Growing up in the legally segregated Mississippi Delta, Clifton Taulbert was inspired by “change agents” who helped shape him into who he is today. The Colorado Springs Black Chamber of Commerce is hosting the author and entrepreneur, who will speak about “unlocking the entrepreneurial code,” at the Cheyenne Mountain Resort on Friday, Sept. 26.

Talbert, a Pulitzer Prize nominee and author of “Who Owns the Icehouse” and “Once Upon a Time When We Were Colored,” said one change agent, his Uncle Cleve, became a success despite the barriers of the Deep South in the 1950s.

“He could have done what everyone else was doing and put his dreams aside, but I saw those dreams fulfilled in my presence,” Taulbert said. “I saw it up close, and because it was up close it made a tremendous impact on my life. That’s why I believe in mentoring today. You can watch from a distance the Mark Zuckerburgs, the Steve Jobses, the Oprah Winfreys. But to see that tremendous change up close, and ride in a truck with it, it gave me reason to believe.”

Taulbert worked for his uncle in Glen Allan, Miss., selling ice from his icehouse to blacks and whites during a time when businesses were segregated.

“He didn’t just serve the black community,” Taulbert said. “He served the entire community.”

Taulbert said his Uncle Cleve was an entrepreneur and didn’t even know the word.

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In the 1980s, Taulbert serendipitously became involved with someone in the oil industry in Oklahoma, whom he assisted with purchasing a small business. 

“I heard someone had a business they wanted to sell and hadn’t found a buyer,” Taulbert said. “I don’t know why I thought I had the nerve to bring a buyer and seller together. I had never done anything like that before in my life. I didn’t have any references. But something inside of me said I could.”

Taulbert said, to find a buyer, he had to step way outside his comfort zone and approach “the founding families” of Tulsa.

“I heard a rumor of a young son of an oil family in Tulsa who was looking to purchase a small business. I did my due diligence and met with him, and looking back, it worked. But I didn’t know any of the rules or regulations. But it sold.”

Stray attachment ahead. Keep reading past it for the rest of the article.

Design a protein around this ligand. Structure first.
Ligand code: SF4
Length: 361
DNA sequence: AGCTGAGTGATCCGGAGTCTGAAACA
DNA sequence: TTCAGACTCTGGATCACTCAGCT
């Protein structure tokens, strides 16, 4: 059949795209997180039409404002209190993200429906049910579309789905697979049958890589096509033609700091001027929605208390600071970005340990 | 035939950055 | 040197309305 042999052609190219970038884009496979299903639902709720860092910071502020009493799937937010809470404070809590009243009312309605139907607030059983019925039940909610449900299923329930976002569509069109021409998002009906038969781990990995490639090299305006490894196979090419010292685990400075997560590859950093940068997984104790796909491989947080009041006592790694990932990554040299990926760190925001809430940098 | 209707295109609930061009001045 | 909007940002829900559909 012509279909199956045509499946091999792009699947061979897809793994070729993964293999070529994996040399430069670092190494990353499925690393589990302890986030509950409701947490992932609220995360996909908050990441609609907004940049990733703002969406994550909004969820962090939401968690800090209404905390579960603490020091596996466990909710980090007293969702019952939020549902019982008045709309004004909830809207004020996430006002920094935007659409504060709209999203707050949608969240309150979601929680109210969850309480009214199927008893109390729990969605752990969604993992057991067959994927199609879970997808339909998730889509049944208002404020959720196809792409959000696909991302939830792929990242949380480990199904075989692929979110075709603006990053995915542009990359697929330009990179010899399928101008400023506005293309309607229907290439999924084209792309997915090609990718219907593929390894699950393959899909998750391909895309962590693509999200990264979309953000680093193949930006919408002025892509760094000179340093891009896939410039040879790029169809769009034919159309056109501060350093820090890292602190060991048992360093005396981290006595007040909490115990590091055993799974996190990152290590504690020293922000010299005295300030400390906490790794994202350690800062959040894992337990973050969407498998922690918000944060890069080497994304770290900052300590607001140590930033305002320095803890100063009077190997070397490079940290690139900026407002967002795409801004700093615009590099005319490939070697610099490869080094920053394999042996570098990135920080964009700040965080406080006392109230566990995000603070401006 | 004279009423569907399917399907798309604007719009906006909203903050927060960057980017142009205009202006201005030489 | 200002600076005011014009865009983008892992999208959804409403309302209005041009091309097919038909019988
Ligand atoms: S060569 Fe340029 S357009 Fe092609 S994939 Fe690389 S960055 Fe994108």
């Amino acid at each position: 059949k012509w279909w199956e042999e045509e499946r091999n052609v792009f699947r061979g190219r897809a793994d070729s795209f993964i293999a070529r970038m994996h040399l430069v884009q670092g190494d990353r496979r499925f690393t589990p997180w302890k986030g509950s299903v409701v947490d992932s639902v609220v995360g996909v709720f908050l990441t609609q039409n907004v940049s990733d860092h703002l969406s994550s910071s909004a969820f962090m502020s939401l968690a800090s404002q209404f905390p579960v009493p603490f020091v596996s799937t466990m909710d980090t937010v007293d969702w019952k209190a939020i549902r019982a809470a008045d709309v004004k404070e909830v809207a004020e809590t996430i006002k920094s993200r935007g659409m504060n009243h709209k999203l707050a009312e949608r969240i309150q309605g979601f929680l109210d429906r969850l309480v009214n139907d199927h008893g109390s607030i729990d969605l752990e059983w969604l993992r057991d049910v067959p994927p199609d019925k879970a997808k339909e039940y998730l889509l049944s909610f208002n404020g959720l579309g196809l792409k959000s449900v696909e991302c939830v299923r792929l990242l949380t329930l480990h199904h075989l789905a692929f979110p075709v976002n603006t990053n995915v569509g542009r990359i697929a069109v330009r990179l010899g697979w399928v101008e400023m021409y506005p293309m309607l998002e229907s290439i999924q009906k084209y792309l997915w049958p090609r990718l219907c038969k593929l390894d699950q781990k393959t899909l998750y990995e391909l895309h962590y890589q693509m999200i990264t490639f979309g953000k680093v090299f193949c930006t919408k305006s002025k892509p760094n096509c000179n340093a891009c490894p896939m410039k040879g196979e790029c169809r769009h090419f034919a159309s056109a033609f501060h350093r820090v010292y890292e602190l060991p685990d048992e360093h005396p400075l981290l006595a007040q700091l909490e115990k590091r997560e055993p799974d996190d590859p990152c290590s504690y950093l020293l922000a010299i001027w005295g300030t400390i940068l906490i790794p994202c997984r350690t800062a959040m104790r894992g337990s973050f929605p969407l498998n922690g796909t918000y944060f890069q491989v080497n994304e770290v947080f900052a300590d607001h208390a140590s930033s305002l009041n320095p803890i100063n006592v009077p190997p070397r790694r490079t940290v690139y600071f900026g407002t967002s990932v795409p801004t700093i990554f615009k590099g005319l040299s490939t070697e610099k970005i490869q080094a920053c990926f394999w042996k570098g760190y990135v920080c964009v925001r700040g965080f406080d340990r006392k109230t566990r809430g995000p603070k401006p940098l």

Taulbert said he immediately sought the advice of an attorney.

“I told him I was scared because I’d never made so much money in my life. That sale provided me the idea that I could start the Freemount Corporation,” Taulbert said of his marketing business and first entrepreneurial endeavor.

When a partner in another oil company invented the Stairmaster Exercise System, he looked to Taulbert and the Freemount Corporation to “introduce it to the world.” Taulbert delivered a huge government contract and has since gone on to start the Building Community Institute, a consulting company focused on human capital development and organizational effectiveness, and start Roots Java Coffee, the only African American-owned coffee company in the country, he said.

“That was pretty scary,” Taulbert said of getting into the ultra-competitive coffee business four years ago. “But I’m sure it was scary for my uncle to start a business where he had to have day-to-day interactions with white Southerners.”

Taulbert said an additional pursuit, writing, would be yet another entrepreneurial leap of faith.

“I thought I could be a writer, and as a kid I couldn’t go to the public library because of the color of my skin. My first book [“Once Upon a Time When We Were Colored”] took 24 years to get published and eventually became movie. It caught the attention of people around the world as to how a good community could look and how to sustain it,” he said. Taulbert has published eight books, including three children’s books.

In “Who Owns the Icehouse,” he writes of the life lessons that he’s learned since his boyhood in Mississippi. He said the culmination of those experiences have taught him his greatest lesson:

“I could do something different and live beyond the norm. It’s a lesson I’ve kept with me throughout life.”

To register for the Colorado Springs Black Chamber of Commerce event featuring Taulbert, go to or call James Stewart at 641-0480 with questions.